What Your Employees Need to Know About The Latest Scams
Are your employees up on all the latest scams targeting small and medium size businesses?
With March being Fraud Prevention Month, it’s a good time to better protect your business and ensure you have the right safeguards in place.
Cyber attacks against small businesses rose by 31% in 2013 compared to the year before making them the fastest-growing group of targets, according to an article posted at Small Business Edge.
But more than 40% of small businesses don’t have an adequate IT security budget, according to a 2013 Ponemon study.
While insider fraud is also an on-going concern, here’s a look at some of the most prevalent scams that are being used to commit fraud and identity theft.
Pretender/Office Supply: One of the top 10 scams identified by the Better Business Bureau (BBB) in 2014, scammers use fake and urgent invoices for services and supplies such as online advertising, paper rolls, etc.
Affinity: The top financial scam on the BBB list, the fraudster infiltrates a close community such as a workplace and lies to gain trust and steal money usually through an investment scheme.
Hit-and-run: Forecast to be one of the top scams in 2015 by Scambusters.org, victims are tricked into handing over money they don’t owe for everything from bogus fines and unpaid taxes to supposedly unpaid utility bills.
Directory: A caller verifies a listing in a (fake) business directory, and charges for it.
Malware: A persistent threat in 2015, Scambusters.org expects to see a further switch in emphasis to malware downloads on smartphones.
Mobile phone: Fraudsters call or text but hang up. The missed call is registered and many business people call the number to find out who called – and get charged for it.
Healthcare and Affordable Act: This is the newest scam according to Scambusters.org – con artists offer cheap (actually non-existent) insurance.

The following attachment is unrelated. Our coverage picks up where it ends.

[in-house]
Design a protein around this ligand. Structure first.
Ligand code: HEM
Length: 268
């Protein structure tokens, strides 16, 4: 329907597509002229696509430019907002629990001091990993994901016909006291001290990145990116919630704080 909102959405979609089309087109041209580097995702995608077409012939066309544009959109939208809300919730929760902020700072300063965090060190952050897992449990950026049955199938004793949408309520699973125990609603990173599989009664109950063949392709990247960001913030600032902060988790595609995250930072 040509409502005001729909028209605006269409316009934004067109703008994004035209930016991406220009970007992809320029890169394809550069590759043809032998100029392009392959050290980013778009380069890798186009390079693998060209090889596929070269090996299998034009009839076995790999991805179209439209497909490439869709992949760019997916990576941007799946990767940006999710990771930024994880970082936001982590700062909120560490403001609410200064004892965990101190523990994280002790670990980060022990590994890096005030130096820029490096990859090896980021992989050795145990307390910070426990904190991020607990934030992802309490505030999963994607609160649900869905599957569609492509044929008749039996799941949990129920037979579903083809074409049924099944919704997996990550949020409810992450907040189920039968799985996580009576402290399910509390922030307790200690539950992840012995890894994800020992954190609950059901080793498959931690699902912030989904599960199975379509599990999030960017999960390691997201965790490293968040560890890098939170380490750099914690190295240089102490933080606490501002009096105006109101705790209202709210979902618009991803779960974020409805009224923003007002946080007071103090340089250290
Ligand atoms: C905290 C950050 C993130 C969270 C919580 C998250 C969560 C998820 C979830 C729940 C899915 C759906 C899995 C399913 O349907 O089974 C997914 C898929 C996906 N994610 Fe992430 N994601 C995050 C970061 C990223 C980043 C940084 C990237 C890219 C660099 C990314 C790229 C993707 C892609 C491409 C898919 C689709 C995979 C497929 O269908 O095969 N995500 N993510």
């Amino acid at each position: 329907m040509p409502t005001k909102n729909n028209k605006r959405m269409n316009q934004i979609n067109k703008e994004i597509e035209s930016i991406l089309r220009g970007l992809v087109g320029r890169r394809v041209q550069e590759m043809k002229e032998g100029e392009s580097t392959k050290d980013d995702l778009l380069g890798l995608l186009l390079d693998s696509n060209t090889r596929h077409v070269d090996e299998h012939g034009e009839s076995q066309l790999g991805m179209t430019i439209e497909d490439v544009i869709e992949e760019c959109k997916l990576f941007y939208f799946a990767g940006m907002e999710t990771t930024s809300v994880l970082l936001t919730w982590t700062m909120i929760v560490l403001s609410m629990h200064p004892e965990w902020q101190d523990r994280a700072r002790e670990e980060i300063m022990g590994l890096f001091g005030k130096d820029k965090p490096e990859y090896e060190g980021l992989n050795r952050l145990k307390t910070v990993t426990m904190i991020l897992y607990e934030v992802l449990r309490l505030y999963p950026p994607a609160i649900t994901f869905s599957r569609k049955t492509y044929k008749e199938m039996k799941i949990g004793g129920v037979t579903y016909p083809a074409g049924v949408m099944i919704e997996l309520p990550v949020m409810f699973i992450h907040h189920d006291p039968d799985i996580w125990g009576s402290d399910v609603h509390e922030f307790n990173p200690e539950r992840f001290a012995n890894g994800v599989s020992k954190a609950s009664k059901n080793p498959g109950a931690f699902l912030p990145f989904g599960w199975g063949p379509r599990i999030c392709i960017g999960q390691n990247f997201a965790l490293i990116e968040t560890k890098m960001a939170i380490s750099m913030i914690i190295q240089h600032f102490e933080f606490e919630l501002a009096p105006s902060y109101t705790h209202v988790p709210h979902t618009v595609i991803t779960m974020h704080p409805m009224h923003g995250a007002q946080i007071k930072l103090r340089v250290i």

Phishing and scam: Unsolicited or junk email or calls are used to trick people into clicking on a link or pop-up message or providing confidential information.
What can a company do to improve fraud prevention?
Have a written and comprehensive security policy that adheres to compliance standards and provides the workplace with leadership and direction.
Utilize current technology to protect employee and customer data and the company’s network.
Introduce a BYOD policy that champions proactive security measures including anti-virus/anti-malware software on mobile devices. It should also outline rules and responsibilities around data access, device use, and employee behavior, in and out of the workplace.
Create a list of authorized vendors and suppliers, and implement strict controls and procedures on purchasing and accounting processes, according to The Little Black Book of Scams.
Keep employees up-to-date by communicating information about scams in newsletters, intranets, by email and via bulletin boards.
Provide a tips hotline, and teach employees how to spot fraudulent behavior in the workplace.
Encourage secure work habits. Implement a Clean Desk Policy. Partner with a document shredding company so that all confidential information in digital and paper form is destroyed when no longer needed; the company should provide locked consoles and secure destruction services. Use a Shred-all Policy too.
For more ways to fight fraud, find out how to secure your office’s five most vulnerable areas.